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Medlar Cheesecake Recipe

Updated on June 16, 2015
Medlar  cheesecake Recipe
Medlar cheesecake Recipe | Source

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Medlar Recipe Cheesecake for Christmas

A great Christmas dessert idea, a medlar cheesecake is unusual and seasonal making it just perfect for Christmas and New Year feasts.

Medlars are small fruits that are gathered in November - the last fruit to be harvested in the garden, and they are then stored until they are soft and ready for use - perfect timing for Christmas! These fruits used to be very popular in Victorian England but they then fell from favour and now they're enjoying something of a comeback - and a well-deserved renaissance too.

If you're lucky enough to find medlars you might then be stuck for medlar recipes - I was - and so I put my thinking cap on and came up with an idea or two. In the past I've made medlar jam (properly it's a medlar cheese) and I thought this year I'd try medlar jelly, but then I was left with all the medlar pulp - hence this medlar cheesecake recipe.

Medlar Jelly. This medlar cheesecake was made from the pulp left over from making Medlar Jelly
Medlar Jelly. This medlar cheesecake was made from the pulp left over from making Medlar Jelly | Source

The medlar pulp came from making medlar jelly

I made the medlar pulp by cooking the medlars and pressing them through a seive. You'll need a bout 1 kilo of medlars to make this cake but the quantity isn't critical.

This medlar cheesecake recipe originated when I found that I had a great deal of pulp left over after I made a large batch of medlar jelly. Why not kill two birds with one stone and make a batch of jelly for yourself? you can make the jelly sweet like jam or more tart to serve with the Christmas dinner meats.

No time or inclination? Quite understandable in this day and age. Follow the steps in the recipe to cook the medlars and then just try to press out the juice. This cheesecake recipe will still work if your pulp is not as dry as mine.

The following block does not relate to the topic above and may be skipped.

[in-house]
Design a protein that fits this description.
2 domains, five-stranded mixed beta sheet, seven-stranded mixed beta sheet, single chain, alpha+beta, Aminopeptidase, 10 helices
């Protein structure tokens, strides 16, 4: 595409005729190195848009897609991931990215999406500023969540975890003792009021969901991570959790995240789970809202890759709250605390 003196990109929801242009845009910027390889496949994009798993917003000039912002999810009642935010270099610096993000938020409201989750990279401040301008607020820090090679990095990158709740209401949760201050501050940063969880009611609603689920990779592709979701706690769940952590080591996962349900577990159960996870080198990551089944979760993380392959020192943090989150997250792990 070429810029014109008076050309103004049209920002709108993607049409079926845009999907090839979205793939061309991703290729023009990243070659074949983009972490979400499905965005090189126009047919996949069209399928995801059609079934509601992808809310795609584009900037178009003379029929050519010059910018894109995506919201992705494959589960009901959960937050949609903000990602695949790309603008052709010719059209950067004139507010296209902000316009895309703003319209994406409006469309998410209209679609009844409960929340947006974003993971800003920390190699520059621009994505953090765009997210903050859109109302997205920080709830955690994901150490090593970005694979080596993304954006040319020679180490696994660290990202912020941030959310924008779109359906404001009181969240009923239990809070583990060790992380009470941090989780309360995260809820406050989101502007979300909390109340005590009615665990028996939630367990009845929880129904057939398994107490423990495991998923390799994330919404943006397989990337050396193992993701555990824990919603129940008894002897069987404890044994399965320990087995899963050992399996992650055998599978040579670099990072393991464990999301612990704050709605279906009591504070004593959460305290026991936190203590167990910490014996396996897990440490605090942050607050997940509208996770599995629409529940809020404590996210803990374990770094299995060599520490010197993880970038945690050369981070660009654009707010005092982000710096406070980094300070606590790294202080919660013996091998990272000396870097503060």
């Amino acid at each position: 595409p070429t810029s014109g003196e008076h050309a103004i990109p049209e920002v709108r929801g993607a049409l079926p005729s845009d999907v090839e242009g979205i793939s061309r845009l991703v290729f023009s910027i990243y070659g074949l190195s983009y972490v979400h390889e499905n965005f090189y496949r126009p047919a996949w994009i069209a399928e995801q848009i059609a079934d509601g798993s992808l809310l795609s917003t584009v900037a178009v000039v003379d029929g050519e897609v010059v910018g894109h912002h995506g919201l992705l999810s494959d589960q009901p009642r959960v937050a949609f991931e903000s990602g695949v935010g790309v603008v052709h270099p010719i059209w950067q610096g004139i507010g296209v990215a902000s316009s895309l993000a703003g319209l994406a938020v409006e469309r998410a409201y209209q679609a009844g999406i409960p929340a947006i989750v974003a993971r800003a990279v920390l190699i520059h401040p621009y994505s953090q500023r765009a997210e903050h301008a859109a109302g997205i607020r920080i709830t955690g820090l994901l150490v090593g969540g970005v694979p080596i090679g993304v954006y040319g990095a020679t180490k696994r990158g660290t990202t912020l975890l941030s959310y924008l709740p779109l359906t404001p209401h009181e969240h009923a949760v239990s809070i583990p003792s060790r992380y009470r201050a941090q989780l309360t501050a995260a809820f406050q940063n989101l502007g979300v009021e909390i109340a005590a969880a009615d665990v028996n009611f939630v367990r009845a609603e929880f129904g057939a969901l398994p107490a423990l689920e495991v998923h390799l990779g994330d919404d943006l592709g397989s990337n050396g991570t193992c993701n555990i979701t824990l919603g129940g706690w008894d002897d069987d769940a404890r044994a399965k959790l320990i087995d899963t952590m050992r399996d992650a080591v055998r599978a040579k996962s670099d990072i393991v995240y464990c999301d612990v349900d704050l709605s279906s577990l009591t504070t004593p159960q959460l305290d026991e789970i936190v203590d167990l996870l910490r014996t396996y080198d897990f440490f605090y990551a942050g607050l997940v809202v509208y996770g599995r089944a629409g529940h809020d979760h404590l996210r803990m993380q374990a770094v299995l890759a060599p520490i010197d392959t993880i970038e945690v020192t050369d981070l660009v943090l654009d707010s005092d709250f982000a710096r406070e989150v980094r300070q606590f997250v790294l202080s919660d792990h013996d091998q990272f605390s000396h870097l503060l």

Click on the link below to go to the medlar jelly recipe.

Cook Time

Prep time: 30 min
Cook time: 45 min
Ready in: 1 hour 15 min
Yields: Serves 8 - 10


  • 3 - 4 table spoons Medar pulp
  • 200 grams Marcapone or cream cheese
  • 3 Large eggs
  • 1 level teaspoon vanilla essence
  • Zest and juice of one lemon
  • 1 tablespoon Plain flour
  • 2 tablespoons Sugar, Add extra to taste
  • For the Biscuit Base -
  • 200g Biscuits such as digestives
  • 75g Butter

Tools and utensils

You will need the following kitchen tools and utensils:

  • A large casserole with lid
  • A large bowl
  • A large sieve
  • A wooden spoon
  • An oven proof flan dish (mine is 25cm / 10" diameter)
  • Basin and tablespoon
  • Kitchen scales

Put the meldar pulp, cream cheese, sugar, lemon zest, lemon juice and vanilla essence into a large mixing bowl, then add the beaten egg and flour
Put the meldar pulp, cream cheese, sugar, lemon zest, lemon juice and vanilla essence into a large mixing bowl, then add the beaten egg and flour | Source

How to make your medlar cheesecake

  1. Wash and halve, or roughly chop, your medlars. Take off any large stalks or leaves but don't bother to peel
  2. Cover them with water and gently simmer until soft - for about an hour
  3. Strain off the water and press out any excess liquid
  4. Put the pulp, a bit at a time, into the sieve and press through with the back of a spoon (see the Medlar Jelly recipe for pictures and more details of how to do this). Discard the skins and pips
  5. Put about 3 - 4 tablespoons of pulp into a large mixing bowl and add the cheese, sugar and vanilla essence
  6. Beat the eggs and then add them little by little to the medlar pulp and cheese mixture. Sprinkle the flour and mix this in at the same time.
  7. For the base - melt the butter in a pan, crush the biscuits and add to the melted butter and press the mixture into the base of the flan dish
  8. Spoon the medlar and cheese mixture over the base